[PC Act] Mere Negligence In Giving Legal Advice Sans Moral Delinquency Not Professional Misconduct: Kerala High Court Reiterates

Update: 2024-02-26 08:03 GMT
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The Kerala High Court has reiterated that mere negligence unaccompanied by moral delinquency on the part of a legal practitioner during the profession would not amount to professional misconduct warranting conviction. It cited Supreme Court's decision in P.D. Khandekar v. Bar Council of Maharashtra (1984) where it was held that there is a difference between giving of improper legal advice...

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The Kerala High Court has reiterated that mere negligence unaccompanied by moral delinquency on the part of a legal practitioner during the profession would not amount to professional misconduct warranting conviction.

It cited Supreme Court's decision in P.D. Khandekar v. Bar Council of Maharashtra (1984) where it was held that there is a difference between giving of improper legal advice and the giving of wrong legal advice.

The 7th accused, a lawyer and advisor at Kerala Transport Development Finance Corporation Limited (KTDFC) was charged for criminal misconduct under Section 13(1)(d) read with Section 13(2) of the Prevention of Corruption Act (PC Act), Section 420 (cheating and dishonestly inducing delivery of property), Section 465 (punishment for forgery), Section 468 (forgery for cheating), Section 471 (using as genuine a forged document) and Section 120-B (punishment for criminal conspiracy) of the IPC. He approached the High Court against the order passed by the Special Judge dismissing his discharge under Section 239 CrPC.

While setting aside the order of the Special Judge and allowing the discharge, Justice K Babu stated thus:

“While considering the question of negligence on the part of a lawyer while giving legal opinion in a case where an offence under Section 109 read with Section 420 of IPC was charged against the lawyer in CBI v. K. Narayana Rao (supra) the Supreme Court following P.D. Khandekar v. Bar Council of Maharashtra, [(1984) 2 SCC 556] held that there is a world of difference between the giving of improper legal advice and the giving of wrong legal advice. Mere negligence unaccompanied by any moral delinquency on the part of a legal practitioner in the exercise of his profession does not amount to professional misconduct. The Supreme Court added that at the most, the lawyer may be liable for negligence if it is established by acceptable evidence and cannot be charged for the offences under Sections 420 and 109 IPC.”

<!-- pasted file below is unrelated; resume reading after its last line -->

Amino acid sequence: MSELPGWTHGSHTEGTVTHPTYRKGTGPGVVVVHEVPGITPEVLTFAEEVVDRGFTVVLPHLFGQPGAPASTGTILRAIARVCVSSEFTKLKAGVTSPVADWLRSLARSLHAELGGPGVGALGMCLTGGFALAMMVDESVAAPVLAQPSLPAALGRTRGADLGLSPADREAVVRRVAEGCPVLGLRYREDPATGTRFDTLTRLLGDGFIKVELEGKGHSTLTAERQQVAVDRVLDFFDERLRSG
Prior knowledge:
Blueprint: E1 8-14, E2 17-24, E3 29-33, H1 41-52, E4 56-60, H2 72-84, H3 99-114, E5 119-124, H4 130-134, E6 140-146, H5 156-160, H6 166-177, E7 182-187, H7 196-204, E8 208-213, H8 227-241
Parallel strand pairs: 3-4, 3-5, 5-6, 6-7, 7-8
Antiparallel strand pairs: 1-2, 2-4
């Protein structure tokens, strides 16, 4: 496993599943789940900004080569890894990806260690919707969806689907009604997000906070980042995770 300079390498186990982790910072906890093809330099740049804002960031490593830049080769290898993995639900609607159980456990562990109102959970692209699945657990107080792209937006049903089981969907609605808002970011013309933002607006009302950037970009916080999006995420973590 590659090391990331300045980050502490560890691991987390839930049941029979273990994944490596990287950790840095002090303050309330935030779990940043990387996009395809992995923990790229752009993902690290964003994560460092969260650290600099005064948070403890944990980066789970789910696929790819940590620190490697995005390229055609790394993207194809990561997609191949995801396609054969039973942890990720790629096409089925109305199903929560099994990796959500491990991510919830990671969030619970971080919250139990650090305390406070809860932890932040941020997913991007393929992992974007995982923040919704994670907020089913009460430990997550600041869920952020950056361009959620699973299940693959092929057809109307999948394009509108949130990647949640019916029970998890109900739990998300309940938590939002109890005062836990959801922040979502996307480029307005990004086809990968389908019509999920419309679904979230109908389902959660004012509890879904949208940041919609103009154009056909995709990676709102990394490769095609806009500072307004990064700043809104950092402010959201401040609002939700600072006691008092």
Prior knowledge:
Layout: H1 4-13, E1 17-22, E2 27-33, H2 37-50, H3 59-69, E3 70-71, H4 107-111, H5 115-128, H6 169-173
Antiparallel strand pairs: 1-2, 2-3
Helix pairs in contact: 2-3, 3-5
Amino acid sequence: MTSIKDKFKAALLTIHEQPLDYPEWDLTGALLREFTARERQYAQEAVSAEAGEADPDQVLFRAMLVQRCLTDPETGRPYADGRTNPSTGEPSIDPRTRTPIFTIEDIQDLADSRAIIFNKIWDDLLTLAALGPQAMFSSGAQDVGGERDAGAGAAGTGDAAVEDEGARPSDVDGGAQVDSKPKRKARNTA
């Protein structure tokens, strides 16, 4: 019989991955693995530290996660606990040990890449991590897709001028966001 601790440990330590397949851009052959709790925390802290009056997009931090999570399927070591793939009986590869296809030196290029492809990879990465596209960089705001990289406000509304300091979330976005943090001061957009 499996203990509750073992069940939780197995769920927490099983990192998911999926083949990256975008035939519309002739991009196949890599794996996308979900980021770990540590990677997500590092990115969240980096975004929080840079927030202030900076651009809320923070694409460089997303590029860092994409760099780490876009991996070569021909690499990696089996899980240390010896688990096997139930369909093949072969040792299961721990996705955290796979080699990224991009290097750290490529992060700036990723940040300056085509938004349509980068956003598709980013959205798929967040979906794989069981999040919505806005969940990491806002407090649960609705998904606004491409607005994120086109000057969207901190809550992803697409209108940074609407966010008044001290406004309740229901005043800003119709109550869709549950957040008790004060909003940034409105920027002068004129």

The 7th accused preferred this revision petition before the High Court. The 1st accused was the managing director of KTDFC, 8th accused was the husband of 1st accused, and the 2nd to 6th accused were employees of KTDFC.

The allegation was that the 8th accused along with the 1st accused availed pecuniary advantage worth Rs.76,92,171 under the Aiswarya Griha Housing Finance Scheme of the KTDFC. It was alleged that their loan application was sanctioned because the petitioner gave a legal scrutiny certificate without verification of the documents and conspired with them even after knowing that they were not eligible for the loan.

The investigation was conducted by the Vigilance and Anti-Corruption Bureau, Thiruvananthapuram Unit and the case was pending before the Court of the Enquiry Commissioner and Special Judge, Thiruvananthapuram.

The Counsel for the petitioner submitted that the petitioner had only submitted an undated legal opinion at the request of the company months after the alleged commission of the offence. It was also argued that he could not be made part of a conspiracy after it was already committed and that there were no grounds to link him with any conspiracy.

On the other hand, the Government Pleader submitted that the petitioner did not verify original documents before submitting the legal opinion and that he had knowledge about the conspiracy.


Section 239 CrPC deals with discharge and Section 240 CrPC pertains to framing of charges.